Kristin Murphy, Deseret News
SALT LAKE CITY — There is an unmistakable air of mystery to Tommy Grady. Not sinister mystery, but the kind that begs the question: Why isn't he quarterbacking in the NFL?
Tebowmania is everywhere, but what about Gradynamics?
Instead of playing for Denver or New York, he's leading the Utah Blaze of the Arena Football League. Boy, is he leading. He tops the league in five offensive categories. Last week against Kansas City he logged a league-record 46 completions and a franchise-record 436 yards. In March he tied the league mark for touchdowns in a game (11) and is nearing records in both total touchdowns and passing yards.
Such is his life in the AFL, which has never seen a pass it didn't admire. What's not to like? Short, narrow field, eight-player teams, zero defense, last one with the ball usually wins …
"Almost like in your backyard," Grady says. "Everyone knows you're going to throw."
To him a perfect day is "25-30 passes, 300 yards and 10 touchdowns and win … and not get hit."
Then you get to the mystery. There's that body, sculpted like a 6-foot-7 inch superhero: long and lean with his trapezius muscle surging between shoulders and neck. This is a guy who could play any sport he wished, which he pretty much did. He was all-America in high school football, all-state in basketball and all-area in baseball. Raised in Huntington Beach, Calif., he also surfed, boogie boarded, swam, golfed and did most every other warm weather sport.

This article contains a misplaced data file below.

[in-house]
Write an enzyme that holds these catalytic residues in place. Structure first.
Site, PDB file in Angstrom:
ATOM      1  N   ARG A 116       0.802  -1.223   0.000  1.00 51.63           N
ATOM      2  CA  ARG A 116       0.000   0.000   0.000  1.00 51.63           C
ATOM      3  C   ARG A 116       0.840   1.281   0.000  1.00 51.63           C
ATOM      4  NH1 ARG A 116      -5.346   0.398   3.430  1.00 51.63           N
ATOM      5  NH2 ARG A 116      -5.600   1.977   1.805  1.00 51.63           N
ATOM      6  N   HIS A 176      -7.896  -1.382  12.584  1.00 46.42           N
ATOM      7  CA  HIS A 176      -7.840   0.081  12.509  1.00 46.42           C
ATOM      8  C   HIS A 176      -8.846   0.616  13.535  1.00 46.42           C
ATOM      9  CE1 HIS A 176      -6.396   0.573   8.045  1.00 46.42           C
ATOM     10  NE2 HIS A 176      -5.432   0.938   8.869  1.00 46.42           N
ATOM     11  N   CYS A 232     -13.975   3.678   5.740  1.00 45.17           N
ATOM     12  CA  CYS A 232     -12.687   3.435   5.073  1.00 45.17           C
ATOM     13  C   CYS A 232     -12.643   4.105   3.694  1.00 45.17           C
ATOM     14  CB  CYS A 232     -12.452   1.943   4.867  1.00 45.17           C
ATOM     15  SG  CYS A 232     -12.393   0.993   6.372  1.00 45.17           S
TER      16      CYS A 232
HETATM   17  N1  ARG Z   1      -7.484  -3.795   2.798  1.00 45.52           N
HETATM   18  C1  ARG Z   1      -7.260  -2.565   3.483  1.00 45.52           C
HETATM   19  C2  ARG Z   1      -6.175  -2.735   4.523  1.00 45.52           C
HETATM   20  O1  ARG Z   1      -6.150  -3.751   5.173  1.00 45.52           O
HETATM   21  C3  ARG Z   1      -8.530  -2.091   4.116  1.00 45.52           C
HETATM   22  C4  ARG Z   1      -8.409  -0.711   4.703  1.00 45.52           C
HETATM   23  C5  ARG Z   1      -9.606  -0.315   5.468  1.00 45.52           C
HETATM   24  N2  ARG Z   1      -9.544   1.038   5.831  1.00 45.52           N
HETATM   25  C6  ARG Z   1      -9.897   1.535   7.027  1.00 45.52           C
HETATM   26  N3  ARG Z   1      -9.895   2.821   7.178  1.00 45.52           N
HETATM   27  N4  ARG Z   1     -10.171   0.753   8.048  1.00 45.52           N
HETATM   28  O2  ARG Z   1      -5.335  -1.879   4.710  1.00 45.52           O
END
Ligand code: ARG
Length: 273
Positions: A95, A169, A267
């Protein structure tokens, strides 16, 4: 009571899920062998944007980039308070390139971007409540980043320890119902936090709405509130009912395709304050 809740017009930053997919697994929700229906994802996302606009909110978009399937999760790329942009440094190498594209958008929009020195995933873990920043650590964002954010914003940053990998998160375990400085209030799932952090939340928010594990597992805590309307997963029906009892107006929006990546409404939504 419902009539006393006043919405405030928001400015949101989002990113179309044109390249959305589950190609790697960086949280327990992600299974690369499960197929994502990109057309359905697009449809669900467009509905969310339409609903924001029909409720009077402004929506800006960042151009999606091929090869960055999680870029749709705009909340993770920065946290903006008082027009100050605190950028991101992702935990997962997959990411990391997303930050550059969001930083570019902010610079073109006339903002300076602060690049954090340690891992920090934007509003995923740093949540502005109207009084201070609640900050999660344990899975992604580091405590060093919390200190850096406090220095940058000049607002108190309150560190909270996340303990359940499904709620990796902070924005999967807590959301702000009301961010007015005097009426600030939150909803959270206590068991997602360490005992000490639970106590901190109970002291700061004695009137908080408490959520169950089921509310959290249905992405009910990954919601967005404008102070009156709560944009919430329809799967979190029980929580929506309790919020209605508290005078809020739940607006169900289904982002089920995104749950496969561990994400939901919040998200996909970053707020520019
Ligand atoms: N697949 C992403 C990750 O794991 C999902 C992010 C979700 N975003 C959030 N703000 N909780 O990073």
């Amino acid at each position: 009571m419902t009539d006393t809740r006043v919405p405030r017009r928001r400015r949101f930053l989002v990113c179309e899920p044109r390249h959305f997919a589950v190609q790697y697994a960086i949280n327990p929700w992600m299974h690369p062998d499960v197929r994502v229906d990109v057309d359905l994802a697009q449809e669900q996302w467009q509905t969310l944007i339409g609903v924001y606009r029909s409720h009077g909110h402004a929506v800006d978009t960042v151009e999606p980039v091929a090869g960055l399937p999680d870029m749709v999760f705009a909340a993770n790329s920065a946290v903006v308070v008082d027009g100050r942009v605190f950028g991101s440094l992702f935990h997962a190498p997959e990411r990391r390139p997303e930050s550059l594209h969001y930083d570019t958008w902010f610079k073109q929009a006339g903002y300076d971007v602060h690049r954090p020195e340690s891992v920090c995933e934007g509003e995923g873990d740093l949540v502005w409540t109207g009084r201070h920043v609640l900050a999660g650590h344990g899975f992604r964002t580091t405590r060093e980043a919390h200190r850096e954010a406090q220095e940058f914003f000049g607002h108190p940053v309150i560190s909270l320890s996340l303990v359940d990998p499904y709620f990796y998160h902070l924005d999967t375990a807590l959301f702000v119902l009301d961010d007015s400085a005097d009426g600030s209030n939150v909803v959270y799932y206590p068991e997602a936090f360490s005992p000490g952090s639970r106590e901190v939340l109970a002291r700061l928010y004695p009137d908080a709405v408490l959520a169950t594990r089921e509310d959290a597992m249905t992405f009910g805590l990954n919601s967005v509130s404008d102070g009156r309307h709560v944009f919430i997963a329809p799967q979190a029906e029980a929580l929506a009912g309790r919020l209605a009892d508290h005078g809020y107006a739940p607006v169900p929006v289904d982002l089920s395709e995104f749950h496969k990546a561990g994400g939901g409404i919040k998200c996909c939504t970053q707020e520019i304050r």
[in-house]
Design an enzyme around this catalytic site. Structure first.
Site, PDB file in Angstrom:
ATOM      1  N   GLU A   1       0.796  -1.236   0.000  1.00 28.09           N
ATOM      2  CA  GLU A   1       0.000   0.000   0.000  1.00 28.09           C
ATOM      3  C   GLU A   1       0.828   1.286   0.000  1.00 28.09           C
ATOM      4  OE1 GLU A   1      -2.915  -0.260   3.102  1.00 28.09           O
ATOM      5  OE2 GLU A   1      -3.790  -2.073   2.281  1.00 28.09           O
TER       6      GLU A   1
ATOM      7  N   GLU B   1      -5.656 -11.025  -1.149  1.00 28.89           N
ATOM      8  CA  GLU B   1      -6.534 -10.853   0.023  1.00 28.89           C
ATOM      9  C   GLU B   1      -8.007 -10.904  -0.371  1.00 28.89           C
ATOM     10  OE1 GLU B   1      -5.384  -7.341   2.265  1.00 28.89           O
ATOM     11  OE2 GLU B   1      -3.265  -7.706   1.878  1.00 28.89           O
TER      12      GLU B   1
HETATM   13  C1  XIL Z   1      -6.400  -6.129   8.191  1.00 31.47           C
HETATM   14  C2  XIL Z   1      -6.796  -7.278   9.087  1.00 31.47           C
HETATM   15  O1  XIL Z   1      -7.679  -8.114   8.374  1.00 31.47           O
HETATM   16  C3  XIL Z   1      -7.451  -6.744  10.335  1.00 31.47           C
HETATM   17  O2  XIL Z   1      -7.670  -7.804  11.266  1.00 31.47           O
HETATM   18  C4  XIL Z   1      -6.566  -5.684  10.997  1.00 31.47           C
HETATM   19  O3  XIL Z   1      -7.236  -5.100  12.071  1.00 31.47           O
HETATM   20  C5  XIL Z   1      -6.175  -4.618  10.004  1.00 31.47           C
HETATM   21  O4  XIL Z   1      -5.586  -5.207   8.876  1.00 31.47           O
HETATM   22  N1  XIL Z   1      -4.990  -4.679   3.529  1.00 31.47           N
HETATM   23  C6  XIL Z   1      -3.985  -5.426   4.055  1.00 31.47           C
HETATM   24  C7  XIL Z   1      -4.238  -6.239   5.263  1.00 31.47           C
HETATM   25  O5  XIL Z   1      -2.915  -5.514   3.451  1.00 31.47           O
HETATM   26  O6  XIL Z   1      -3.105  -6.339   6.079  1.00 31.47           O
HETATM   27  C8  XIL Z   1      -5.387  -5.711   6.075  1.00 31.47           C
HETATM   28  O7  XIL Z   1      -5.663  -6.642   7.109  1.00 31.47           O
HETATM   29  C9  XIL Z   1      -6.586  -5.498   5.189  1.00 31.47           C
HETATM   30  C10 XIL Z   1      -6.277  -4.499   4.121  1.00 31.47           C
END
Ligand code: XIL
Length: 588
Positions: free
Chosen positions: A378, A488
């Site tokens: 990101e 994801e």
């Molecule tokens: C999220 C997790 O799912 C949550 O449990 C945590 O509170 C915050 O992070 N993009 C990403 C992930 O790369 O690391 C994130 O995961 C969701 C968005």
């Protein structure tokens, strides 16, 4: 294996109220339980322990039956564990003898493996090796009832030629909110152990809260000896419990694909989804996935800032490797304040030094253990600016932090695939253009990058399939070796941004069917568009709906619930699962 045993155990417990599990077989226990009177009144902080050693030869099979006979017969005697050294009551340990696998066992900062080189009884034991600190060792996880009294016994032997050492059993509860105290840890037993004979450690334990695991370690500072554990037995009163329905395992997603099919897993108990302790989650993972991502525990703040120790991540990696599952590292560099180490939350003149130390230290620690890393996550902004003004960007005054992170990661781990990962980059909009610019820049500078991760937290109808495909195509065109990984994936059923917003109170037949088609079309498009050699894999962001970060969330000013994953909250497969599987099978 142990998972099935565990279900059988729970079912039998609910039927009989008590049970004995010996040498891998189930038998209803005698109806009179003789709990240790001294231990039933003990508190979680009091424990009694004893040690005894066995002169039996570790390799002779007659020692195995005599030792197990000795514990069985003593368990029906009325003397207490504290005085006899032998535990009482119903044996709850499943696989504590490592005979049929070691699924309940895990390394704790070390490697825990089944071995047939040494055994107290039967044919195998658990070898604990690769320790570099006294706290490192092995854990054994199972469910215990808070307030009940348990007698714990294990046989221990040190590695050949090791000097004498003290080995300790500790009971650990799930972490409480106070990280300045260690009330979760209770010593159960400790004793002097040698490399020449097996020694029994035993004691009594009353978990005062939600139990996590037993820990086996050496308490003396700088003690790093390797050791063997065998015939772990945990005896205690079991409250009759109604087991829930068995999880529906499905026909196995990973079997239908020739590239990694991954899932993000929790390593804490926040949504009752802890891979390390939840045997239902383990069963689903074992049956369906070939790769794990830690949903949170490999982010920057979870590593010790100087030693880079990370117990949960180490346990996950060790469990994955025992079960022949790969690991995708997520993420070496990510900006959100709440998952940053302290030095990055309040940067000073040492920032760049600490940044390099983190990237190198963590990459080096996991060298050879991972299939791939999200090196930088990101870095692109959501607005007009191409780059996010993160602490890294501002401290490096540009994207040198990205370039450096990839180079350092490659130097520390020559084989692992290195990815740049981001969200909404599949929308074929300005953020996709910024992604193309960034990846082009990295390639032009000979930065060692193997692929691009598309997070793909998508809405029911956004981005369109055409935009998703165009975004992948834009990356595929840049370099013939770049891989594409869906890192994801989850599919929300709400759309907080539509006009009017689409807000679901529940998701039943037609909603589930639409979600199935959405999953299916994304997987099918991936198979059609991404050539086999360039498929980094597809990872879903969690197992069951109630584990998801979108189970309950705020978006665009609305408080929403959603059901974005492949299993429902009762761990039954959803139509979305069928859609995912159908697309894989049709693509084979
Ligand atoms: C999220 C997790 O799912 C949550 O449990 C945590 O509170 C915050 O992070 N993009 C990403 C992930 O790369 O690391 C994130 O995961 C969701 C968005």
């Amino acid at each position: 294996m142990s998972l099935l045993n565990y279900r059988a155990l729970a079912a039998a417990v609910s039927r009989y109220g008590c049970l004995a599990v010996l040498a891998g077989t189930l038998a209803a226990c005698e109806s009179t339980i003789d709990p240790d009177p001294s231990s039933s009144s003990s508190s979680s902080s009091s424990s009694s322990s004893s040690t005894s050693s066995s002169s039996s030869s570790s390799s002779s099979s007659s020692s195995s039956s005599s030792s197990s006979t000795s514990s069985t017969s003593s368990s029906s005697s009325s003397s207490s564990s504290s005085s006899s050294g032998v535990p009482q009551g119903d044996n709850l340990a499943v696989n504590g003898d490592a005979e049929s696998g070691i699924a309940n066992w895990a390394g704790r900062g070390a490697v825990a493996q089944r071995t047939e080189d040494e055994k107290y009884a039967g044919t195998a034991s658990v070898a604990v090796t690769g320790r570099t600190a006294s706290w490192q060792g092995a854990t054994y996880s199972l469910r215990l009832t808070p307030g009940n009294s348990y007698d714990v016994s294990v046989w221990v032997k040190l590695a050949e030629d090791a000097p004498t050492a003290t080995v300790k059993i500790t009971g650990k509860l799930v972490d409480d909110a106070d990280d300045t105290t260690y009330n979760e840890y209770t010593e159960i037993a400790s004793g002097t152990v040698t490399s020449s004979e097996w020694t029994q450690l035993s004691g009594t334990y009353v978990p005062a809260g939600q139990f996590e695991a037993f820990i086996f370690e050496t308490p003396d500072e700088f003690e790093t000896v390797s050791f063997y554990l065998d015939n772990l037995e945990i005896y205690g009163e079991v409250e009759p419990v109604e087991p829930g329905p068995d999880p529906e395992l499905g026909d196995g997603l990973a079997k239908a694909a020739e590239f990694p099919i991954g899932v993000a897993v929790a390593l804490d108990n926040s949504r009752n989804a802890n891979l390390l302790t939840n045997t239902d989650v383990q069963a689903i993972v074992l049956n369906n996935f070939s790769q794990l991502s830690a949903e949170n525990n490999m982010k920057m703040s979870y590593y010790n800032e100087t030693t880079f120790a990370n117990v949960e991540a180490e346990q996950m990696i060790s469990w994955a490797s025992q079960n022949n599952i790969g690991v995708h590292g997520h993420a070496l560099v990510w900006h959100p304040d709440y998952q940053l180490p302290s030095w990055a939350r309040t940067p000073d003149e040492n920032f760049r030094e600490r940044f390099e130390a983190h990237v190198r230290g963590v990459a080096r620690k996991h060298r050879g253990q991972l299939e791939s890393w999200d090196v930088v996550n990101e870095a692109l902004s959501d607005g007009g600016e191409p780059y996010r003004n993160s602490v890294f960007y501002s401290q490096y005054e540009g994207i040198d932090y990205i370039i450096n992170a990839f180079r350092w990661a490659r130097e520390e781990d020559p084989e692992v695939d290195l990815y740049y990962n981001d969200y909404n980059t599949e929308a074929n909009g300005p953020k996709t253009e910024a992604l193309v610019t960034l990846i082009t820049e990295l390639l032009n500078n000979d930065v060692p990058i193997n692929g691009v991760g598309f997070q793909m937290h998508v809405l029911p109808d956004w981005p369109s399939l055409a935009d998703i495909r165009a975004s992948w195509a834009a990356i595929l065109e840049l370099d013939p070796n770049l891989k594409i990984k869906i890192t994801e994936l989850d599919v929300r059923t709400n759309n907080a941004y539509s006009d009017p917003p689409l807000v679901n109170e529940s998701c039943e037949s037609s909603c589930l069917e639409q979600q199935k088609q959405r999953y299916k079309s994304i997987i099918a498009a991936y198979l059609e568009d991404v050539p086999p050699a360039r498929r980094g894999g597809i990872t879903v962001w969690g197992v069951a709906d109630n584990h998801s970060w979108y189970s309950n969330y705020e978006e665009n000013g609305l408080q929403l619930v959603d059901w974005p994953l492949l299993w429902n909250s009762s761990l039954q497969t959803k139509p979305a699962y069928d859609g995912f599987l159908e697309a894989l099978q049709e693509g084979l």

He was recruited in basketball and baseball by Pac-10 schools and by everyone in football: USC, UCLA, Louisiana State, Alabama, Oklahoma State. But once he made his recruiting trip to Oklahoma, he figured everything was, well, OK.
Grady is vague about why he transferred from Oklahoma to Utah in 2005, saying he loved life in Norman but doesn't discuss details. Some of it certainly was the prospect of playing time. But at Utah he ended up behind Brian Johnson, the eventual Sugar Bowl MVP. Grady had transferred with the understanding the Utes would be running a pro-style offense. Instead, they ran the spread, which was better suited to Johnson's skills.
Though Grady did start four games his senior year, he never did own the position. Minor injuries and Johnson's play limited him to just 12 games and 143 passes in college.
"I don't blame anybody," Grady says.
It's that laid back approach that makes Grady appealing. There are no excuses, or even complaints. Though he hasn't yet reached his biggest goal, he has nothing bad to say about his AFL years. He has had tryouts with several NFL teams, but in 2009 signed with the Oklahoma City Yard Dawgz, where he played two years before joining the Blaze.
It's no secret that every AFL player's goal is to work in the more visible, lucrative NFL. But setting passing records in the AFL isn't a bad way to wait. "I love the lifestyle," says the 27-year-old Grady, noting that it even provides time for golf.
Besides, Kurt Warner didn't reach the NFL until he was 27 and didn't star until a year later.
So Grady's best move is to work hard and do what all AFL players do: Visualize becoming the next Warner. There's something immensely appealing about going from grocery bagger to AFL star to Super Bowl MVP.
Meanwhile, he has learned to be flexible and patient, with good reason. When he came to the University of Utah, he expected to become a star. Who knew he would become a star in Utah but not at Utah?
That sort of juxtaposition has also made Grady a bit cautious. Asked what he'll be doing when he's 30, he says, "I just take things year by year."
Fair enough, considering nothing else has worked out the way he expected.
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